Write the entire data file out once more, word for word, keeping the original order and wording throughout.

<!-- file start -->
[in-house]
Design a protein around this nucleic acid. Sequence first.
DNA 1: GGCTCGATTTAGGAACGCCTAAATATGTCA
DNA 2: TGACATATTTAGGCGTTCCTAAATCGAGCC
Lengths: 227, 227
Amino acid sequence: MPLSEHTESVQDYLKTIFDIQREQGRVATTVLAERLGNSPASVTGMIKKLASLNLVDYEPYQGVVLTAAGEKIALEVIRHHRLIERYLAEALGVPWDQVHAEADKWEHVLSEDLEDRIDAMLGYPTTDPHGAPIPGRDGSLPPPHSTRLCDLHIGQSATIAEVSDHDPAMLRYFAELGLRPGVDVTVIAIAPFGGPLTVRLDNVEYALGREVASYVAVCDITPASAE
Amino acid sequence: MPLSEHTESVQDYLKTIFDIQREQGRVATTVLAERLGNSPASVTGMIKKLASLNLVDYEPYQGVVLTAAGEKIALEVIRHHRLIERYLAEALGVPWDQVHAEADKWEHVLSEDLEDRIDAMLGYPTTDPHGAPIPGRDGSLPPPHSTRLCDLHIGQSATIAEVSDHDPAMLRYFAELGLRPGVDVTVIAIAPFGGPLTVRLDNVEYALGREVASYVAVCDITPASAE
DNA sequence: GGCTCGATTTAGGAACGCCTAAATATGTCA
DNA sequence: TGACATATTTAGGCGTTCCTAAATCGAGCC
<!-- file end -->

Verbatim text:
[in-house]
Design a protein around this nucleic acid. Sequence first.
DNA 1: GGCTCGATTTAGGAACGCCTAAATATGTCA
DNA 2: TGACATATTTAGGCGTTCCTAAATCGAGCC
Lengths: 227, 227
Amino acid sequence: MPLSEHTESVQDYLKTIFDIQREQGRVATTVLAERLGNSPASVTGMIKKLASLNLVDYEPYQGVVLTAAGEKIALEVIRHHRLIERYLAEALGVPWDQVHAEADKWEHVLSEDLEDRIDAMLGYPTTDPHGAPIPGRDGSLPPPHSTRLCDLHIGQSATIAEVSDHDPAMLRYFAELGLRPGVDVTVIAIAPFGGPLTVRLDNVEYALGREVASYVAVCDITPASAE
Amino acid sequence: MPLSEHTESVQDYLKTIFDIQREQGRVATTVLAERLGNSPASVTGMIKKLASLNLVDYEPYQGVVLTAAGEKIALEVIRHHRLIERYLAEALGVPWDQVHAEADKWEHVLSEDLEDRIDAMLGYPTTDPHGAPIPGRDGSLPPPHSTRLCDLHIGQSATIAEVSDHDPAMLRYFAELGLRPGVDVTVIAIAPFGGPLTVRLDNVEYALGREVASYVAVCDITPASAE
DNA sequence: GGCTCGATTTAGGAACGCCTAAATATGTCA
DNA sequence: TGACATATTTAGGCGTTCCTAAATCGAGCC